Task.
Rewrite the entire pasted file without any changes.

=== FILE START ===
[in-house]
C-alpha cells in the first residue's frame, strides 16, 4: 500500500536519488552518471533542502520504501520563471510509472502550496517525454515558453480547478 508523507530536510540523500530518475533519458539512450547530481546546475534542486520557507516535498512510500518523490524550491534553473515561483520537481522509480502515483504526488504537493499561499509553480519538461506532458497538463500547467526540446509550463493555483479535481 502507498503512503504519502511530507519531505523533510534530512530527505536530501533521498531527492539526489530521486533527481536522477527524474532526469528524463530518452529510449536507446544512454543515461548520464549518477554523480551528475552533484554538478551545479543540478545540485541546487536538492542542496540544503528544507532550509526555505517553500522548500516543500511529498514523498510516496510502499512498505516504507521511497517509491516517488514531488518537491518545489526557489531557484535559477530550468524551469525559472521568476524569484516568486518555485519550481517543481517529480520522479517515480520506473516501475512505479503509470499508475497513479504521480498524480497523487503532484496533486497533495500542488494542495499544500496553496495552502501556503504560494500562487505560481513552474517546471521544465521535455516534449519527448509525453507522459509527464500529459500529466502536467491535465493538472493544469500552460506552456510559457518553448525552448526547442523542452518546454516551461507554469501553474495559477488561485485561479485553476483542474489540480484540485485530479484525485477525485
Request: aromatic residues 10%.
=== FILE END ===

[in-house]
C-alpha cells in the first residue's frame, strides 16, 4: 500500500536519488552518471533542502520504501520563471510509472502550496517525454515558453480547478 508523507530536510540523500530518475533519458539512450547530481546546475534542486520557507516535498512510500518523490524550491534553473515561483520537481522509480502515483504526488504537493499561499509553480519538461506532458497538463500547467526540446509550463493555483479535481 502507498503512503504519502511530507519531505523533510534530512530527505536530501533521498531527492539526489530521486533527481536522477527524474532526469528524463530518452529510449536507446544512454543515461548520464549518477554523480551528475552533484554538478551545479543540478545540485541546487536538492542542496540544503528544507532550509526555505517553500522548500516543500511529498514523498510516496510502499512498505516504507521511497517509491516517488514531488518537491518545489526557489531557484535559477530550468524551469525559472521568476524569484516568486518555485519550481517543481517529480520522479517515480520506473516501475512505479503509470499508475497513479504521480498524480497523487503532484496533486497533495500542488494542495499544500496553496495552502501556503504560494500562487505560481513552474517546471521544465521535455516534449519527448509525453507522459509527464500529459500529466502536467491535465493538472493544469500552460506552456510559457518553448525552448526547442523542452518546454516551461507554469501553474495559477488561485485561479485553476483542474489540480484540485485530479484525485477525485
Request: aromatic residues 10%.